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How Can We Hear What Might Help Us?

God summons Moses and tells him of the plan to free the Israelites from slavery and lead them to the Promised Land, but “when Moses told this to the Israelites, they would not listen to Moses, their spirits crushed by cruel bondage.” (Exodus 6)

The Hebrew for “spirits crushed” is kotzer ruach. The word ruach can in fact mean spirit, wind or breath. Kotzer comes from the Hebrew meaning shortened or stunted. And so the medieval commentator, Rashi (eleventh century), suggests that the Israelites did not listen. Why? Because they experienced “shortness of breath.” They were tired and could not catch their breath. The physical toll of years of servitude had made the Israelites so tired they could not even hear when Moses tells them they will soon go free. This makes sense. Sometimes it is impossible to listen to others, or even to hear wonderful news, when one is tired.

Physical health influences the mind. Exhaustion colors our mood. Good news, and bad news, is lost on those who are utterly tired. They cannot hear because they only want to rest. Is this why the plagues were necessary? They were not so much about punishing the Egyptians. Instead their purpose was to awaken the Israelites to God’s majesty and power. Such is Rashi’s understanding of this phrase.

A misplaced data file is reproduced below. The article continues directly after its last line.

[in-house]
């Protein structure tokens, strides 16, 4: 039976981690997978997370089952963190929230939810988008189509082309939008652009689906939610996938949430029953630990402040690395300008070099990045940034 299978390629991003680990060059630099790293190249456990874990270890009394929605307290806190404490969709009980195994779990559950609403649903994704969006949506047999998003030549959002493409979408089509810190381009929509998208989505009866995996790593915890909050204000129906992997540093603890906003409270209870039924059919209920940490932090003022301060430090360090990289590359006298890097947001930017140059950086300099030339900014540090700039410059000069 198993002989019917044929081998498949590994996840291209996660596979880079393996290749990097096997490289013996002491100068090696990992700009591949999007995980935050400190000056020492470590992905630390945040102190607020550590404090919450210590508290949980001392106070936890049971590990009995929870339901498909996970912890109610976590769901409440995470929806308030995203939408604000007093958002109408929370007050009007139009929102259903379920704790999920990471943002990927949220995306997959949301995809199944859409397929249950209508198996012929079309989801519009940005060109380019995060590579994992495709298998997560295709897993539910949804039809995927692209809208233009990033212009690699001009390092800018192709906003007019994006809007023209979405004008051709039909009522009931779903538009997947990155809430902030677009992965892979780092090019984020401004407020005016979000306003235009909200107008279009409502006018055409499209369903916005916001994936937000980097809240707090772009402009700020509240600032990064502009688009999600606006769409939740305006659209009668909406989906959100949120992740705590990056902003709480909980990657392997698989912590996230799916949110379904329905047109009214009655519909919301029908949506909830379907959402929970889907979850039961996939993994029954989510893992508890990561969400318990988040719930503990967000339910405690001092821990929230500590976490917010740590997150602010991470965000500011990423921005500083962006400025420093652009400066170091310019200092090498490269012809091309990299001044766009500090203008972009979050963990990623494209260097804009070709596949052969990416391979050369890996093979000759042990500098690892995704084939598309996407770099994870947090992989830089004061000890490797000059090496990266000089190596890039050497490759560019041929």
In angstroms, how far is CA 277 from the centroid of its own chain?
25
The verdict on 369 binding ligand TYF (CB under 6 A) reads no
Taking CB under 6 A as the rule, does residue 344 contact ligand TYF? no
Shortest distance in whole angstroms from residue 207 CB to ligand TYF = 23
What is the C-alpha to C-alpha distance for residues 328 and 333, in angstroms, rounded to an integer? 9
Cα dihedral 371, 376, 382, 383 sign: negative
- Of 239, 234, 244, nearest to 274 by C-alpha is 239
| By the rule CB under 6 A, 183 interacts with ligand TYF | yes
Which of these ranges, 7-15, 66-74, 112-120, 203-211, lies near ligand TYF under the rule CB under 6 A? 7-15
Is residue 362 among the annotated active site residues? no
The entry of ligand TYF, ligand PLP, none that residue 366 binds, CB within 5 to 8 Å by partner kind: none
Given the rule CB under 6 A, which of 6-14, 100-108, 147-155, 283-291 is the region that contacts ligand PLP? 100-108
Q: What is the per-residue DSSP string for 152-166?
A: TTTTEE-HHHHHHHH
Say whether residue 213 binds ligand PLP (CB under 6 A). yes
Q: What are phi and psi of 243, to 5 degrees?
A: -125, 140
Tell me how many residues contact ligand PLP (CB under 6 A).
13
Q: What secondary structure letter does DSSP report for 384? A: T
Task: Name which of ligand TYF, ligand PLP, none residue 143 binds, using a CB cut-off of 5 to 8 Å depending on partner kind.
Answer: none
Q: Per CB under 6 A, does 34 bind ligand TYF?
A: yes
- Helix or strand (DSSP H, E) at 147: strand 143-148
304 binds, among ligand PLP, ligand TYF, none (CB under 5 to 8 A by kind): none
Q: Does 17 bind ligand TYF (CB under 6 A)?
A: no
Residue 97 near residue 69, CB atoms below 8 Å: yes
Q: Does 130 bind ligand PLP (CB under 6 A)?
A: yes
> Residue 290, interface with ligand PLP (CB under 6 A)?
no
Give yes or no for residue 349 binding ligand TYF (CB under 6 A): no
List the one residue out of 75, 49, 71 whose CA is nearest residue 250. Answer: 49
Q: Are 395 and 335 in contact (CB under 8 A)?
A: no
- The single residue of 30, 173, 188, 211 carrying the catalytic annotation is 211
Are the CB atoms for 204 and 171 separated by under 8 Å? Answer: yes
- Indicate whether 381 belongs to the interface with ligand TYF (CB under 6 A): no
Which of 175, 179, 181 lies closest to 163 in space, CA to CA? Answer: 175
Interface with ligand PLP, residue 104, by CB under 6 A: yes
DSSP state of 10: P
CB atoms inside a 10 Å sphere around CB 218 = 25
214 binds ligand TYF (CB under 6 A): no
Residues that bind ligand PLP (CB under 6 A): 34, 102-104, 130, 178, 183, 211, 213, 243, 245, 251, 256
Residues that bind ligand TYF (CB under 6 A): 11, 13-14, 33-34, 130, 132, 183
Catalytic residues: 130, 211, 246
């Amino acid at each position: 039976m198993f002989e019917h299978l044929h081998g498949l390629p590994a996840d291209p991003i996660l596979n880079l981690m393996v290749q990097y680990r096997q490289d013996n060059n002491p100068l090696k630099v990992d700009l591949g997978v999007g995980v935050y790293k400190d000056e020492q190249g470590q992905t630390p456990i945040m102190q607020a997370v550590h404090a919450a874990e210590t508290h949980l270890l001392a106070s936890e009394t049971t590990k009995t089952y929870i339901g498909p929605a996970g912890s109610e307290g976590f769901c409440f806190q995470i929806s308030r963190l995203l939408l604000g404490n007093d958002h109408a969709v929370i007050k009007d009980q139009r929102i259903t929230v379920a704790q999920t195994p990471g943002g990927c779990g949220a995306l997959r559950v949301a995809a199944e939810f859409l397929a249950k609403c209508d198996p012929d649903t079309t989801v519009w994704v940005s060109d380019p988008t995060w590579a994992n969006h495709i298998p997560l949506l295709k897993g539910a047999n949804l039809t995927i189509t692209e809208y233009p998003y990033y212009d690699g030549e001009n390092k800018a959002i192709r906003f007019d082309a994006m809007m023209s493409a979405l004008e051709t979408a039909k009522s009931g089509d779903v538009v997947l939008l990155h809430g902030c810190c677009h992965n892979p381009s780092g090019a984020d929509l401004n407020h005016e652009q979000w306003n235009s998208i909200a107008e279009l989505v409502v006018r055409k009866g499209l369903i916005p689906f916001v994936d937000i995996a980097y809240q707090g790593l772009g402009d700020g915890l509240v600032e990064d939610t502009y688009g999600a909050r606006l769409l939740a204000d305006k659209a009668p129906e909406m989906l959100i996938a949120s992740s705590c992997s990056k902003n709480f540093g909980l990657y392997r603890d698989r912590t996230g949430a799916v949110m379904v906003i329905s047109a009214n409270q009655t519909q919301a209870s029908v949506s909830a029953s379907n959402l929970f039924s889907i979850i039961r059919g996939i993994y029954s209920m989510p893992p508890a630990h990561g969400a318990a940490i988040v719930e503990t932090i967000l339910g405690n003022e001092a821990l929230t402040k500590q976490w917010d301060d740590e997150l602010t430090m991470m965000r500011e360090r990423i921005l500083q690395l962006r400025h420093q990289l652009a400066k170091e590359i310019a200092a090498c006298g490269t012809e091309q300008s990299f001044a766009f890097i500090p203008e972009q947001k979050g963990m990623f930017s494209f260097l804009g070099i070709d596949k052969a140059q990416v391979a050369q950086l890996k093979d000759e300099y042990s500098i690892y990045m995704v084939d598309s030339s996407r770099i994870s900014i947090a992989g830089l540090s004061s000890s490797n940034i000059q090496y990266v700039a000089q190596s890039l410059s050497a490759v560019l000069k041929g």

Another commentator, Ramban (thirteenth century), suggests that this phrase should be read as “shortness of spirit.” He argues that the Israelites were impatient. They did not listen to Moses and could not hear God’s promises because they were impatient. This too is a truism. When people are impatient, thinking about whatever else they might have on their agendas they fail to pay attention to the important words standing right before their eyes.

How many times have we said to ourselves, “I wish he would hurry up and finish talking. I am already late for my dinner date.” We might then miss some important news. How many times do we skim over our emails and text messages while waiting impatiently at a red light only to discover we missed the important bit of news at the end of the email chain?

Impatience and exhaustion interfere with true listening.

I prefer however to read this phrase as “their spirits were stunted.” Why? Because their suffering made them unable to hear anything but their own pain. When we are experiencing pain, we are unable to pay attention to other people’s tzuris or sometimes, are even unable to hear good news. The words can be about our very own redemption and we still cannot hear them. Moses offered the Israelites words that foretold their own salvation and yet they could not see beyond their own pain.

It is not that they were stubborn and would not listen but instead that they could not hear. Their suffering and pain obscured their hearing.

The question still confronts us. How can we see beyond our own tzuris, and our pains, and hear the words that might offer our own salvation? It should not require miracles, or plagues visited upon others, to open our eyes to wonders and ears to saving words.

Perhaps it is as simple as hearing our own breath. Perhaps it is as obvious as opening our spirit to God’s plan. All we need to do is lengthen our spirits and expand our hearing.

Someone could indeed be standing right before us and offering us words of salvation and redemption.